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Motormaster - Generations Combiner Wars - Voyager Figure

Height: 18.5cm overall.

Articulation: 18 total points - ball-joint neck; 4 points each arm: double-jointed shoulder, upper arm swivel, hinge elbow; swivel waist; 4 points each leg: Universal joint hip, thigh swivel, hinge knee.

Colors: Molded grey, black; Painted gunmetal grey, purple, black, silver, lavender, red.

Accessories: Sword, splits to form rifle and broadsword.

Release Data: Released in the United States in February of 2015 at a retail price of US$24.99

Author: ExVee



Combiner Wars was planned as a big surprise reveal at SDCC 2014, but some creative teases given at Botcon probably took the edge off the return of combiners just a bit. In its place though was surprise at the return of the name Motormaster to the toyline, as several prior attempts at creating the character required alternative naming. Even more surprising given that just a few weeks before, a member of the Hasbro team still specifically referred to the character as "Motorbreath" without even a hint of slip. That must have been difficult to hold back since everyone on the team knew what was just around the corner. Still, I feel a little something has been lost. There was some potential in calling Motormaster himself Menasor, as though he'd finally driven off all the other Stunticons and decided to just be the combined form all by himself. Oh well, I'll always have the memories and the dreams.


This review assumes a general familiarity with the Optimus Prime instance of this mold. For information on the general engineering and design, please see RAC's review of that toy here.

Robot Mode

Let's talk mold changes. There's a lot of them. Sandstorm has often been held up as a high-water mark for how extensive pretool alternate parts can get and what can be accomplished in changing the visual identity of a toy. Motormaster may not have gotten the extra step of a reconfigured alternate mode, but there's at least as much happening in the degree of different parts. Now, the legs and the pelvis are not changed between these toys. That might be a tiny bit unfortunate because apart from chest windows, they're the most distinctly Optimus piece of design the toy could have. But with different paint operations the Prime elements can be downplayed, so ultimately Motormaster doesn't stand out and scream that he's wearing Optimus Prime's pants.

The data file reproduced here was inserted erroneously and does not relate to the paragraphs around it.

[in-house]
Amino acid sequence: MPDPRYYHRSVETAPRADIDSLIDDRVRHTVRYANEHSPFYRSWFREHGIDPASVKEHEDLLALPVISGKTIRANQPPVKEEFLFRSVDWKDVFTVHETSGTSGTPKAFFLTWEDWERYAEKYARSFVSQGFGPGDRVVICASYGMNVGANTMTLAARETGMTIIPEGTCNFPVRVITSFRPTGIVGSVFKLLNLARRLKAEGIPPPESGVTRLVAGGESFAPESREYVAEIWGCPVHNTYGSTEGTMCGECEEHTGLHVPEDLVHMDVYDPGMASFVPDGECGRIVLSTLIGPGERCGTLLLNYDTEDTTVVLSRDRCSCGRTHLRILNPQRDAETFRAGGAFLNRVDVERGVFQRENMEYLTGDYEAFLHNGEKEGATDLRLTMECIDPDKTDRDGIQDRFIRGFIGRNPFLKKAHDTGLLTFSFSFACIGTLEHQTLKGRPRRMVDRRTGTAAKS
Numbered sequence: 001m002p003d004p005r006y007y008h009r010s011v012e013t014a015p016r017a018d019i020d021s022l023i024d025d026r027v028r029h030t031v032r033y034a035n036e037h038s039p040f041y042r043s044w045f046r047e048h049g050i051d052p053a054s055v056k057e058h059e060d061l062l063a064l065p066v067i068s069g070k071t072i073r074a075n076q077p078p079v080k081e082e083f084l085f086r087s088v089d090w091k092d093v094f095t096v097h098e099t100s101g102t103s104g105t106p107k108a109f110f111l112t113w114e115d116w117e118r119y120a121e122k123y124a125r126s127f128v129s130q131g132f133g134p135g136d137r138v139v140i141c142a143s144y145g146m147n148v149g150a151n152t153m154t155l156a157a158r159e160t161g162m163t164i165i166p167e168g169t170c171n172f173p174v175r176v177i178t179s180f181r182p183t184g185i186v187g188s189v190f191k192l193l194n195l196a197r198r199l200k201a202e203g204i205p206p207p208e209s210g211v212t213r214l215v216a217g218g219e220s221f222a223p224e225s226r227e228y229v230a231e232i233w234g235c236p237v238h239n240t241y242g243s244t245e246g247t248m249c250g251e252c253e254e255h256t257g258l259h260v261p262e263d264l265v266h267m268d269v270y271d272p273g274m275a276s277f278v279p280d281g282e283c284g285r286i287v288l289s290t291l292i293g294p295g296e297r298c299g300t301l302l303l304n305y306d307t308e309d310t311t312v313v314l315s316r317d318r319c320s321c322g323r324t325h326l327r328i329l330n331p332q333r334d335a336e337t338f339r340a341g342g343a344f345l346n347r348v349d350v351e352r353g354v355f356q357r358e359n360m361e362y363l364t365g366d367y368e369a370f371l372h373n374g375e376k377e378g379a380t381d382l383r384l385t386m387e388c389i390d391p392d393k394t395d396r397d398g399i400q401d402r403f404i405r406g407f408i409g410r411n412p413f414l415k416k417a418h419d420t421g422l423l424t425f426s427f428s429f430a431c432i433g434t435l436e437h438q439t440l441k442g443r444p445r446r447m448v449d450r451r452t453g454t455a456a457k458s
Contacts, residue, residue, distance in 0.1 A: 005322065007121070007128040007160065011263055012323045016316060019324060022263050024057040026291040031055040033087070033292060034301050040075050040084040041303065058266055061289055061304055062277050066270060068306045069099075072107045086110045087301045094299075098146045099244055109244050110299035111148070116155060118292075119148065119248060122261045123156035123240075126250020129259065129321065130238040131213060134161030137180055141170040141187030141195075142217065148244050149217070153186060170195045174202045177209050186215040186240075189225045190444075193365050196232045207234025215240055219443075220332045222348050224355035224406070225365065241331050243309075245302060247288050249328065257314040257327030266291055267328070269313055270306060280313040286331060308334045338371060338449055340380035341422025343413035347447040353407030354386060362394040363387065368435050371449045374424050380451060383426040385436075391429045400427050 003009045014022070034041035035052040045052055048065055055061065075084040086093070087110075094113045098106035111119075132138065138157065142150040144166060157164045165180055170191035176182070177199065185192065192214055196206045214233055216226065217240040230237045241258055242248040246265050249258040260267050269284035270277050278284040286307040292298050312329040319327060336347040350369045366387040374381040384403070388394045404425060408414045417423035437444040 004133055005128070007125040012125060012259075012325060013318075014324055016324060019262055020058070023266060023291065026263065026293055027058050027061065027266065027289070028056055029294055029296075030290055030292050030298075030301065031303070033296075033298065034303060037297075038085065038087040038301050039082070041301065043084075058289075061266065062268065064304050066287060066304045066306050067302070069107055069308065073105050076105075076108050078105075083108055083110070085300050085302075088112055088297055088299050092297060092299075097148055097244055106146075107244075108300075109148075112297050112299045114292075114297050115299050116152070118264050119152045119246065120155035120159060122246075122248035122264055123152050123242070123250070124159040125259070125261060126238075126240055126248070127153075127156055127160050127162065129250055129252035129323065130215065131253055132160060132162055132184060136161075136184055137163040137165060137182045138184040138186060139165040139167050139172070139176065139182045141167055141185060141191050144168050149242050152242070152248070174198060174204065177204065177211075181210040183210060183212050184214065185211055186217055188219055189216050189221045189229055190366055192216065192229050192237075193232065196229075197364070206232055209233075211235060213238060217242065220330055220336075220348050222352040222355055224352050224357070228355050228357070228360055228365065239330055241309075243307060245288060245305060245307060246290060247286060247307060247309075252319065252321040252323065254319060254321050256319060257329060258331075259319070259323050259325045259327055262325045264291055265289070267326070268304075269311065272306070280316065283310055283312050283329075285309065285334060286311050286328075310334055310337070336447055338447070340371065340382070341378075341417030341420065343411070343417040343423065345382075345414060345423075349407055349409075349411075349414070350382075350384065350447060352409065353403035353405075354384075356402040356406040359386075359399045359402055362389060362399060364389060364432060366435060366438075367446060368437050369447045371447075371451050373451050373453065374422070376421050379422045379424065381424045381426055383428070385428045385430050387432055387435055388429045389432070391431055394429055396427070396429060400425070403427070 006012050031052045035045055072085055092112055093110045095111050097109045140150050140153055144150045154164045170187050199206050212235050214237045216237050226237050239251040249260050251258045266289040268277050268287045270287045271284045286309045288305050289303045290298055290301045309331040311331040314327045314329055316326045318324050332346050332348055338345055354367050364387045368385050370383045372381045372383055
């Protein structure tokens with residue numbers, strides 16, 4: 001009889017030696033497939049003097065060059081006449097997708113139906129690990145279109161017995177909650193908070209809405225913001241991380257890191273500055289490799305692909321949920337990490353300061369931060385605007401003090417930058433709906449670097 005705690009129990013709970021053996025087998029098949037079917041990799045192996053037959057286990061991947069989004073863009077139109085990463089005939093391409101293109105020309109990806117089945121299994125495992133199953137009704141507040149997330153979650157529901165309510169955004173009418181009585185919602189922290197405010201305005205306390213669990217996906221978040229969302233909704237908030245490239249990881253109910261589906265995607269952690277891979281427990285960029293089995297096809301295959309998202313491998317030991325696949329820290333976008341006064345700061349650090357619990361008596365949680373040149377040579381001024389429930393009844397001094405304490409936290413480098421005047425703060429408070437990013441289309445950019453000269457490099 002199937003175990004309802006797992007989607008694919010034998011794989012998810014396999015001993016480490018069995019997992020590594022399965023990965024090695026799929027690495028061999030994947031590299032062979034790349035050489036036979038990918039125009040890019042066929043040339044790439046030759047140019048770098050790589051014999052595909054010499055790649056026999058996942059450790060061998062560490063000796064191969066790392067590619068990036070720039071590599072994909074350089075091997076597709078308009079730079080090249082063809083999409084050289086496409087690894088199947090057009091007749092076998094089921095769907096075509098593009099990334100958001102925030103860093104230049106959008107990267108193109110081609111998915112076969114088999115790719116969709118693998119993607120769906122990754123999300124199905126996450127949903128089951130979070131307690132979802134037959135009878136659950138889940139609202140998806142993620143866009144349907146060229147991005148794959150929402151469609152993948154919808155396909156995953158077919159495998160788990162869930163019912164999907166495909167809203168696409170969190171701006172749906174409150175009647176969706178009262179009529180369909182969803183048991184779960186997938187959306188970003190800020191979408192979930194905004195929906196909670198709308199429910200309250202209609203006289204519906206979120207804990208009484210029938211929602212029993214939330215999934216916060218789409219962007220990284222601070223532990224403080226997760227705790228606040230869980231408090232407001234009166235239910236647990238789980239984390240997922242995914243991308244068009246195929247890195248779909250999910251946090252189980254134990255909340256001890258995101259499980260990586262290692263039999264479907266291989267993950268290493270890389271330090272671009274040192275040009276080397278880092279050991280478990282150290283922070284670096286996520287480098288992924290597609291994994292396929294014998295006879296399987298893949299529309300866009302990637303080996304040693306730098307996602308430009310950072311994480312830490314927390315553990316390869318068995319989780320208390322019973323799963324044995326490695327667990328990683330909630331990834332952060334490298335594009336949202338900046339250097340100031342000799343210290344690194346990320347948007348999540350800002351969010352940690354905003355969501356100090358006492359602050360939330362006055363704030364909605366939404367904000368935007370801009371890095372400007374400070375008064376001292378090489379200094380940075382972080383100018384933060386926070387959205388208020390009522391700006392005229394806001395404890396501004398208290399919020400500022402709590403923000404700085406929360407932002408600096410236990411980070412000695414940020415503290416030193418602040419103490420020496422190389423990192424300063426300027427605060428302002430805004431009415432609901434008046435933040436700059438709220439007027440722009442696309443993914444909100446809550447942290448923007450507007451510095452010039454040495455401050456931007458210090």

So, what is different? Nearly everything else! The upper body is almost entirely new, keeping the same engineering, but all the shapes and details have been changed to make Motormaster look unique. The chest, the backpack, the shoulders, biceps, elbows, forearms, abdomen and head are all new parts, and of course there's the new Menasor head on a new sculpt inner chest panel. Motormaster goes beyond the clearly necessary like the chest and heads, and pushes right in to above and beyond by redoing the entirety of the arms even when parts like the inner half of either forearm can only be slightly differently detailed so the base engineering still works. The forearms are still fundamentally the same shape, but have had all the details changed just to make the two toys a little bit more different. It's a really impressive piece of work to make this many changes while still coloring inside the lines and not having to alter the way it transforms. And we'll talk more about the changes when we get to the vehicle mode. Yet even among all this, not everything has been redone. The piece that is essentially the frame of the torso is the same as it is on Optimus, and so is the plate the head is attached to. The torso frame is a very low visibility piece. In robot mode its major surfaces are hidden by the arms and the backpack. In torso mode the new sculpt inner chest panel at least distracts from the shared visual elements. And while you could just as easily resculpt the rotating panel the head attaches to... I don't particularly see the point. I wouldn't completely dismiss the notion that someone out there would look one day and notice the two toys have the same collar and declare that the entire exercise is RUINED FOREVER, but at least for myself it's something that I wouldn't have picked up on if I hadn't purposely been studying the toy to determine what is and is not new versus the other iteration.